Paper Resistance: I think the most important characteristic lies in the last typology of handcuffs illustrated in the work, the one called “since 1999 – world wide street”. The plastiCuffs, if you ask me. I guess they appeared in Israel first, but since 1999, in the battle of Seattle, they began spreading in the streets of every “western” demonstration. It is interesting the fact they are light and plastic-made, so that every police-man can carry as many as he wants. As if to say there is plenty of them for anyone.
Claudio Musso: Speaking about recent events, your presence to the last Bologna BilBolBul Festival witnessed the realization of the coordinated image and a project. Io sono qui! starts from a direct relation with the tenant of the Pratello detention home and it has been translated into an installation reflecting and connecting the inside with the outside. How is it happened?
Paper Resistance: The Hamelin association, the body organizing BilBolBul, asked me to draw the principal illustration of the festival, and as an author I was also invited to present an exposition. I meant to create something different from a “standard” exposition. I had the idea of working with the detention home since years, and I thought the festival would have been the perfect chance. So, along with Hamelin we conceived and realized Io sono qui (http://www.io-sono-qui.org).
We did not mean to realize a work about the detention home, we meant to work with the detention home, or better to say, with the people living inside it day and night. We meant to create an opening and let others see who is inside, why he is inside and take him out for all the world to see.
The project was basically divided in two different phases. The first was about collaborating with the young tenants through photographic labs, working on portraits and self-representations, while the second was saw me drawing and illustrating the portraits of the boys. The whole work, realized on large size printings, has then been stuck up on the external walls of the detention home. It has been a collective work that required a couple of months and was organized into different moments. To this purpose we created a website, so that it could contain every information and confer a unique form on our work.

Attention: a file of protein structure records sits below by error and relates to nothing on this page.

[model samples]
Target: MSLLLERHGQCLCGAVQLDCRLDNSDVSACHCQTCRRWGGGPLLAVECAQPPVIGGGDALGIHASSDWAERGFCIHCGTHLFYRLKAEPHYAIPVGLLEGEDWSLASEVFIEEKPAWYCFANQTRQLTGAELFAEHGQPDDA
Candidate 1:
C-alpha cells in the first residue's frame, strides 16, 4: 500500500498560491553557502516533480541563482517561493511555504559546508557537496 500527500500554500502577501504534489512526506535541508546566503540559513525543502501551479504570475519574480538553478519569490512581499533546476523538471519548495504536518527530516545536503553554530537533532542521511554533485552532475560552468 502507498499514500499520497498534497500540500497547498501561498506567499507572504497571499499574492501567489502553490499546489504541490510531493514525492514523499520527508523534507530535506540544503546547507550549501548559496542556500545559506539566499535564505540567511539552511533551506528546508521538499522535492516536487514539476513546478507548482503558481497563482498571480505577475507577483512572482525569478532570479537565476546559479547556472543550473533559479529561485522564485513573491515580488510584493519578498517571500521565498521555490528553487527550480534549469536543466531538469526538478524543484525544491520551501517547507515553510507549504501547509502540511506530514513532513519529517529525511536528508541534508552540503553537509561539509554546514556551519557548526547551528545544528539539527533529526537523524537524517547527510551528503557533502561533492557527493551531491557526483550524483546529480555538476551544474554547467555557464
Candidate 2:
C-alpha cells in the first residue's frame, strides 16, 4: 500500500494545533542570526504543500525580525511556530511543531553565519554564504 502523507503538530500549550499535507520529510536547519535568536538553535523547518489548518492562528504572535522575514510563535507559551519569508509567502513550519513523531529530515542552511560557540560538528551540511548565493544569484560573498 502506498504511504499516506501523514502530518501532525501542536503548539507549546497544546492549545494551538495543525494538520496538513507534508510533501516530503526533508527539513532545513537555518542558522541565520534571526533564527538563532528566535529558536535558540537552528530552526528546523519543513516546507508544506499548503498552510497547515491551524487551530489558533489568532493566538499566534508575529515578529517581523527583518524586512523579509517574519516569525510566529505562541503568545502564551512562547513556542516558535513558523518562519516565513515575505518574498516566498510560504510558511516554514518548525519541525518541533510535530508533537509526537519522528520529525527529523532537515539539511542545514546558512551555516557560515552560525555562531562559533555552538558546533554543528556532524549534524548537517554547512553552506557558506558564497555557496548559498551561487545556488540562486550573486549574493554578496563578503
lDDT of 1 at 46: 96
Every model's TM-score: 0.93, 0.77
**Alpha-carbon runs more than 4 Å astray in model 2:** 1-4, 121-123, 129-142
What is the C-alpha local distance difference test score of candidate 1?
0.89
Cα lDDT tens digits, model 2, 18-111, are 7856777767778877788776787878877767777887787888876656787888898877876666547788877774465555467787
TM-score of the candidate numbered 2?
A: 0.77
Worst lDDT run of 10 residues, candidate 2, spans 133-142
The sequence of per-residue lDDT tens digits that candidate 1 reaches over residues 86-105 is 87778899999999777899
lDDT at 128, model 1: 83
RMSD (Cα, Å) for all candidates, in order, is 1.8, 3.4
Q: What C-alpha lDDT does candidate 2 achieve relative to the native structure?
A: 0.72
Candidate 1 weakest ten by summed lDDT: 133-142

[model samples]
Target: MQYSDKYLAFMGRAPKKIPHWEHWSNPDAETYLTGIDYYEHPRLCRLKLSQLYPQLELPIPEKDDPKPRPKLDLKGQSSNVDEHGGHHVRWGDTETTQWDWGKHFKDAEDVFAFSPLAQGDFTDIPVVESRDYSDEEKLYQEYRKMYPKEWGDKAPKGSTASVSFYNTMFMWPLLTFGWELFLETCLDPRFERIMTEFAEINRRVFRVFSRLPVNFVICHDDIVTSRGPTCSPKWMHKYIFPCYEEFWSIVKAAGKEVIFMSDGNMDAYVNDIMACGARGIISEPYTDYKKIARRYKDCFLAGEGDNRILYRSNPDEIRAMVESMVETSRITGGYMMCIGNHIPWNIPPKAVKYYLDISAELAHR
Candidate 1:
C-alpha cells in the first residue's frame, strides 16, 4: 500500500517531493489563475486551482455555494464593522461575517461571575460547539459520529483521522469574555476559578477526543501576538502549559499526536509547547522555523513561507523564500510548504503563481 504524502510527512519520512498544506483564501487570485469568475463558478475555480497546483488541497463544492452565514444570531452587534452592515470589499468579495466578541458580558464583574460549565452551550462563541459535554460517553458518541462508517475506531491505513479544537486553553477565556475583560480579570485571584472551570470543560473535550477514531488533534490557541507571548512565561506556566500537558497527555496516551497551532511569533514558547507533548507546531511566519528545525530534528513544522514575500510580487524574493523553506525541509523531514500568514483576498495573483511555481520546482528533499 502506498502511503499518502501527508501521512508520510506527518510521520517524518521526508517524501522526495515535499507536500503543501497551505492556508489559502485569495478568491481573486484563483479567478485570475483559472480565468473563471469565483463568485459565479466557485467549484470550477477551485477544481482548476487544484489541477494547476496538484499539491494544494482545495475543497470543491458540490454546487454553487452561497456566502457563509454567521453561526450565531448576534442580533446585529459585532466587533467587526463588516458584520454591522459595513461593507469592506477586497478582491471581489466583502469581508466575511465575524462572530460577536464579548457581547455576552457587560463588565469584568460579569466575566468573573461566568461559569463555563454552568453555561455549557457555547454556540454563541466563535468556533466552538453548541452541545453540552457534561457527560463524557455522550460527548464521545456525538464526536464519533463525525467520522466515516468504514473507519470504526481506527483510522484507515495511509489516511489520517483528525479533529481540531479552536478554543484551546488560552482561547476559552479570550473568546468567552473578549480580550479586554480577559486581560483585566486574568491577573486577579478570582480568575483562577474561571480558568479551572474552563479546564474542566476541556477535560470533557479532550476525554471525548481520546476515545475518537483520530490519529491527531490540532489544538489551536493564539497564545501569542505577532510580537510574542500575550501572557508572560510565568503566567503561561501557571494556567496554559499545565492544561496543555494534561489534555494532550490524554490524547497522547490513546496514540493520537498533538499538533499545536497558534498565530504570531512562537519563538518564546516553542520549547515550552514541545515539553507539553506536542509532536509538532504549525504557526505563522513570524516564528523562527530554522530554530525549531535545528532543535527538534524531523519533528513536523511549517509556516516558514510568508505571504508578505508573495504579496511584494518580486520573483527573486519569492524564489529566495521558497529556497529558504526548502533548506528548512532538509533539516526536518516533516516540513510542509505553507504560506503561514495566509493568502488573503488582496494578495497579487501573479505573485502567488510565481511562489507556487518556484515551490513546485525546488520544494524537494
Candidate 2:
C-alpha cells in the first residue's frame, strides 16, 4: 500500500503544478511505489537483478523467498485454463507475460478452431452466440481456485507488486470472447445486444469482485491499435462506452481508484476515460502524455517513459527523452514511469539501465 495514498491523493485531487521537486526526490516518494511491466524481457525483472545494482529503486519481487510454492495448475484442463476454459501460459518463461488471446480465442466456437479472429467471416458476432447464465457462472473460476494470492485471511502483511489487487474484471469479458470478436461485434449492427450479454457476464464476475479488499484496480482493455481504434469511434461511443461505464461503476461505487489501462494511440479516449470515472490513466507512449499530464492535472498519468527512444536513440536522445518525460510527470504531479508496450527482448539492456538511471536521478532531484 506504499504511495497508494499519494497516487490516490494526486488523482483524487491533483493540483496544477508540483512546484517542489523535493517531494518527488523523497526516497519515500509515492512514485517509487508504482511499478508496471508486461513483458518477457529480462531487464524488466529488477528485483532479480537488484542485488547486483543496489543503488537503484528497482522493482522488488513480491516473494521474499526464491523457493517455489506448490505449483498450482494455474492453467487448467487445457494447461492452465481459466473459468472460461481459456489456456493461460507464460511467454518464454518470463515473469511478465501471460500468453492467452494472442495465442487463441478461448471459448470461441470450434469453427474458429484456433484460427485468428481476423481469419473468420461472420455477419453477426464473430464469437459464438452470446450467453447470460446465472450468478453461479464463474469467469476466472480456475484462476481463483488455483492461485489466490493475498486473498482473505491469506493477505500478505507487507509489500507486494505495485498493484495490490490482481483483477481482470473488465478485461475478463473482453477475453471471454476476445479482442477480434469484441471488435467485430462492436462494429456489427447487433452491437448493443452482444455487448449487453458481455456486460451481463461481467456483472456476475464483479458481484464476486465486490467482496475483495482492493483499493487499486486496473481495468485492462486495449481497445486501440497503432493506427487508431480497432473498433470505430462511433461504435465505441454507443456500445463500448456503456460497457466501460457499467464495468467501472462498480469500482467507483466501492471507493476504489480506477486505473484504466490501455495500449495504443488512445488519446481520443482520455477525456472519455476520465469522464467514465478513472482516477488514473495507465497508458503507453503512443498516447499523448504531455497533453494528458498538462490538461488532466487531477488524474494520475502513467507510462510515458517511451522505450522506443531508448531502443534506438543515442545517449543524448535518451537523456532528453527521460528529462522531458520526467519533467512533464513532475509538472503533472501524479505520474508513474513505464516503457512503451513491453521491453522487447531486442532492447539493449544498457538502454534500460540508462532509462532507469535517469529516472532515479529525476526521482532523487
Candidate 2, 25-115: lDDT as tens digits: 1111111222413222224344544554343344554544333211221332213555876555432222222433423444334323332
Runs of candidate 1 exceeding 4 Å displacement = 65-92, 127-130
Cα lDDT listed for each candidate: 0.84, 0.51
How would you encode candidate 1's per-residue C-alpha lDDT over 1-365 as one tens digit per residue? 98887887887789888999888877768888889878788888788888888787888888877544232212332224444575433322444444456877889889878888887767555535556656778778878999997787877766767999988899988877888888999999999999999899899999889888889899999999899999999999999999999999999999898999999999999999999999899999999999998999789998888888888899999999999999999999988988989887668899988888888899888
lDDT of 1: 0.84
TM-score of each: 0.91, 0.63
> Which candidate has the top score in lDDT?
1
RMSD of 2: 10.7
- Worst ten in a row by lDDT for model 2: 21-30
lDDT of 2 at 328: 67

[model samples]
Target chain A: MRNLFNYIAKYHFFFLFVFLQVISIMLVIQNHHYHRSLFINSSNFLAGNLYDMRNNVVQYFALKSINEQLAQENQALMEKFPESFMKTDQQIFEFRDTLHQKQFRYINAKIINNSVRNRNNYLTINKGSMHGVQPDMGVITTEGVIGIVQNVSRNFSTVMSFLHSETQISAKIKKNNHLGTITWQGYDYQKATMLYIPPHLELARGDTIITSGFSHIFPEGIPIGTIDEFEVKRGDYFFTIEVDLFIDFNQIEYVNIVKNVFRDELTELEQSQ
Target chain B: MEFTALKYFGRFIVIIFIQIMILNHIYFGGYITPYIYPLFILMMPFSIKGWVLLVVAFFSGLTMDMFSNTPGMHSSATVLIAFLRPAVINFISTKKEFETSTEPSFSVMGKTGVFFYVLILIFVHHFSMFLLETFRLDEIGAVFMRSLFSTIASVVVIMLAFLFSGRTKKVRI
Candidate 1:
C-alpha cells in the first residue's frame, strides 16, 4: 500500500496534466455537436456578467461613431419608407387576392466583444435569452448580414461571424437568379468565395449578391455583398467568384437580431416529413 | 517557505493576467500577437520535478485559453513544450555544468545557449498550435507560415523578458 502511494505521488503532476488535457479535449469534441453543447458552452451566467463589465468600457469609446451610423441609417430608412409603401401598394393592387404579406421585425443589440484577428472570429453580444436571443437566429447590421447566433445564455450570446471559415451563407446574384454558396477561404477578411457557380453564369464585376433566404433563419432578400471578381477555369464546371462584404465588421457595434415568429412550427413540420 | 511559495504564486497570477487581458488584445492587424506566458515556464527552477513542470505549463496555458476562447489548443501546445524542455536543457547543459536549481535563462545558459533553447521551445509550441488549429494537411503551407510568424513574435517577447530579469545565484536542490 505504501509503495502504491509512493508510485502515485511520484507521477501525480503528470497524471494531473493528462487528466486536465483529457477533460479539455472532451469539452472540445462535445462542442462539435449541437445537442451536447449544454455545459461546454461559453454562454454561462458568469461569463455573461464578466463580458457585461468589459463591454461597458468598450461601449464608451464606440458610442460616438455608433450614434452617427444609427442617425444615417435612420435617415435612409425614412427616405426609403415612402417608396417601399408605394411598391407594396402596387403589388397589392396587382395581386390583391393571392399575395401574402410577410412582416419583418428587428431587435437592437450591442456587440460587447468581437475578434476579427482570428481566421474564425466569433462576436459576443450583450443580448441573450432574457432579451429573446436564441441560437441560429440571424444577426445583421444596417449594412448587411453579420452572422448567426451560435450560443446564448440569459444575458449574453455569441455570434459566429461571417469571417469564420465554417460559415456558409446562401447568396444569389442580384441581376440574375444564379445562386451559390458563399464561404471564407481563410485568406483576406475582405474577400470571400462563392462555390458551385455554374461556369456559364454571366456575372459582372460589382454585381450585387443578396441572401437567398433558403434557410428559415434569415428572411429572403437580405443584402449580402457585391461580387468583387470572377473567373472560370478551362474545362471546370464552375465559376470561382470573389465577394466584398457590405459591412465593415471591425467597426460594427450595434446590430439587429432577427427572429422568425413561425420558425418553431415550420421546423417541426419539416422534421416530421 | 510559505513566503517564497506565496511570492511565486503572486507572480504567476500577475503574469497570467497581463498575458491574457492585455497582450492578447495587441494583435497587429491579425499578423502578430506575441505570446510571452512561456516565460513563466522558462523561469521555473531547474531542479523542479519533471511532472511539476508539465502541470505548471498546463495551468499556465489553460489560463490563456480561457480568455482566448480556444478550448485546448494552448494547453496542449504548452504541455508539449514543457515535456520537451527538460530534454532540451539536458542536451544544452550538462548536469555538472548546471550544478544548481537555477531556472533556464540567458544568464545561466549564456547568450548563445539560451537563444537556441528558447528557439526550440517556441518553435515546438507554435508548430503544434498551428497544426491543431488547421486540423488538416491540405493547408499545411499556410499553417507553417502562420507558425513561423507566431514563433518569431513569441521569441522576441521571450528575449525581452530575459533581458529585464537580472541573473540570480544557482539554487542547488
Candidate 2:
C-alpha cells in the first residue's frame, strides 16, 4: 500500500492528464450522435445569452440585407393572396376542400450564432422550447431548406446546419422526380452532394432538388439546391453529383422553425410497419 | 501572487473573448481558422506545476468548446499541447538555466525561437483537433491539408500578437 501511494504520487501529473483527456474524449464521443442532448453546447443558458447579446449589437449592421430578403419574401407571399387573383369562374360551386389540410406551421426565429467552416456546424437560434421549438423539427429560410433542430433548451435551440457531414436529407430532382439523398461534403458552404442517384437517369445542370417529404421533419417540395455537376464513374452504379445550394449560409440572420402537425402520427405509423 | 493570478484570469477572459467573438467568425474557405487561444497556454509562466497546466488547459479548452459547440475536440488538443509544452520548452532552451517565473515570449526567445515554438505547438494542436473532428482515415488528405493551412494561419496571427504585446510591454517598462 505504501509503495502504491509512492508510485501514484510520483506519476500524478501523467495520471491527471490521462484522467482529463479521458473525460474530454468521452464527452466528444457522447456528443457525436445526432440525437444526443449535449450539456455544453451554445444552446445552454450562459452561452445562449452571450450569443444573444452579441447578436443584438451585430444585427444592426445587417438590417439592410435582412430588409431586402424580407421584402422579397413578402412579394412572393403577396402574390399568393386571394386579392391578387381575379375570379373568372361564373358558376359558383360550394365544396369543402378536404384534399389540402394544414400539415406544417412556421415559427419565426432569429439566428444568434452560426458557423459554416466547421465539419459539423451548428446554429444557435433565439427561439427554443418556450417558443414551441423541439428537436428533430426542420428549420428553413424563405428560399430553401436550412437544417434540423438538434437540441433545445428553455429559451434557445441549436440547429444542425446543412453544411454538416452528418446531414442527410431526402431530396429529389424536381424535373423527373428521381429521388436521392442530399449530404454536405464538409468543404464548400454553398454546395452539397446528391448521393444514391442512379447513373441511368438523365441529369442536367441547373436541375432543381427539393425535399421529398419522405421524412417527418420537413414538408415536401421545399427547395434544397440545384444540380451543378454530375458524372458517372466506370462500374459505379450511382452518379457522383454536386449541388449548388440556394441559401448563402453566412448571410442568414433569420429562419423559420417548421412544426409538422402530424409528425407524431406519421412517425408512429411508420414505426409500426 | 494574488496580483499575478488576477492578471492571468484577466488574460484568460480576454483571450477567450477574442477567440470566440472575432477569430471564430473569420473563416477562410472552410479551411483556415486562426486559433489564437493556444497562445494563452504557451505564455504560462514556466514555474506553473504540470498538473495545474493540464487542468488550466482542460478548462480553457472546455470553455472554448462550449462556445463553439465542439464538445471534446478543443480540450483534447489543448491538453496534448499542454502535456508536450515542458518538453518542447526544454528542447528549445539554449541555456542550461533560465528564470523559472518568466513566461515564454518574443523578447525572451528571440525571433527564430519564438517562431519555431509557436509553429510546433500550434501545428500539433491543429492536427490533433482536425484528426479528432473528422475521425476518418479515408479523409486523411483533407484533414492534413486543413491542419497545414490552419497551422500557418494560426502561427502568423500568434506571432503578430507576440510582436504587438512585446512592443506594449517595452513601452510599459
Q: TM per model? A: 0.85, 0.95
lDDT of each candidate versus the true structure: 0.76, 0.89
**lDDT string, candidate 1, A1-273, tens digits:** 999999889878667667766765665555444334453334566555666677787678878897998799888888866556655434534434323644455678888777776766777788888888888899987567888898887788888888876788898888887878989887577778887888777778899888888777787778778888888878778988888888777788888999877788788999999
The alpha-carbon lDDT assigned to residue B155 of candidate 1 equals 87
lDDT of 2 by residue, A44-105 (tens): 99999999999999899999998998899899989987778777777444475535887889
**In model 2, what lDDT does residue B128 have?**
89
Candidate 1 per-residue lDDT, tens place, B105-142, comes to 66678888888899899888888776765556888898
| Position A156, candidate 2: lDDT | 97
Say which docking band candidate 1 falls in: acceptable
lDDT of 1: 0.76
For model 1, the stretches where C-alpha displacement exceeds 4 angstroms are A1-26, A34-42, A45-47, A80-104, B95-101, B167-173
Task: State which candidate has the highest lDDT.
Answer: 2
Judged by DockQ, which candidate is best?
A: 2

Claudio Musso: Besides being artist, illustrator and activist, you are among the founders of Inguine Mah!gazine review, among the organizers of Original Culturesand you work for Zooo Press as well. Is this the demonstration that today the diffusion of artistic practices have to pass through self-production and self-management? How much do the mixture of various figures and the interchangeability of roles (from the educational plan inside the Academy to the experimental plan in the streets) steer you into research?
Paper Resistance: In my opinion the self-production approach or any independent approach does not concern this very historic period or these artistic practices only. As far as I’m concerned, my attitude towards our everyday life is this. I do not like very much to delegate others, I prefer to create personally. To create a book, an event, or anything else, but to create it my way, maybe even losing money in the process, yet realizing it, following it, attending to his birth, seeing it grow and perhaps even seeing its death.
Many artists think the same, but when it comes to production this is the path I choose. Yet it does not mean it is the only one to be taken. As for interchangeability… I am what I am. I remain the same, but I play more roles at the same time. I only try to infuse into these role as much as experience as I can. And sometimes it can prove useful…